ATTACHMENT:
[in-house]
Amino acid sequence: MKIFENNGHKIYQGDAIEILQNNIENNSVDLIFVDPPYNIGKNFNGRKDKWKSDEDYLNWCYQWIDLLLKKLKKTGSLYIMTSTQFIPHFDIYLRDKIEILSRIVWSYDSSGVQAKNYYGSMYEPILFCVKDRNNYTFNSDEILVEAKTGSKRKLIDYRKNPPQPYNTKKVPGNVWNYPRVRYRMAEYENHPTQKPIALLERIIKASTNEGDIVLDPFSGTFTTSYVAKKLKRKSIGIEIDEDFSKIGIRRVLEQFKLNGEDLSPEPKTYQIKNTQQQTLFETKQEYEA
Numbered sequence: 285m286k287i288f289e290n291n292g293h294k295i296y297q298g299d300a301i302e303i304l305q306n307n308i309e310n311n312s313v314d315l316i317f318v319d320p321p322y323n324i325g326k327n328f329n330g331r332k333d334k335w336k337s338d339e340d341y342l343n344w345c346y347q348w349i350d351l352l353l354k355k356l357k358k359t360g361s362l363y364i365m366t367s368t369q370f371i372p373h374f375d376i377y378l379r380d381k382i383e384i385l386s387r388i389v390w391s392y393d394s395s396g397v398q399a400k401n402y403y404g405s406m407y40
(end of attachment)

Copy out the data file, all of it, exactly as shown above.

[in-house]
Amino acid sequence: MKIFENNGHKIYQGDAIEILQNNIENNSVDLIFVDPPYNIGKNFNGRKDKWKSDEDYLNWCYQWIDLLLKKLKKTGSLYIMTSTQFIPHFDIYLRDKIEILSRIVWSYDSSGVQAKNYYGSMYEPILFCVKDRNNYTFNSDEILVEAKTGSKRKLIDYRKNPPQPYNTKKVPGNVWNYPRVRYRMAEYENHPTQKPIALLERIIKASTNEGDIVLDPFSGTFTTSYVAKKLKRKSIGIEIDEDFSKIGIRRVLEQFKLNGEDLSPEPKTYQIKNTQQQTLFETKQEYEA
Numbered sequence: 285m286k287i288f289e290n291n292g293h294k295i296y297q298g299d300a301i302e303i304l305q306n307n308i309e310n311n312s313v314d315l316i317f318v319d320p321p322y323n324i325g326k327n328f329n330g331r332k333d334k335w336k337s338d339e340d341y342l343n344w345c346y347q348w349i350d351l352l353l354k355k356l357k358k359t360g361s362l363y364i365m366t367s368t369q370f371i372p373h374f375d376i377y378l379r380d381k382i383e384i385l386s387r388i389v390w391s392y393d394s395s396g397v398q399a400k401n402y403y404g405s406m407y40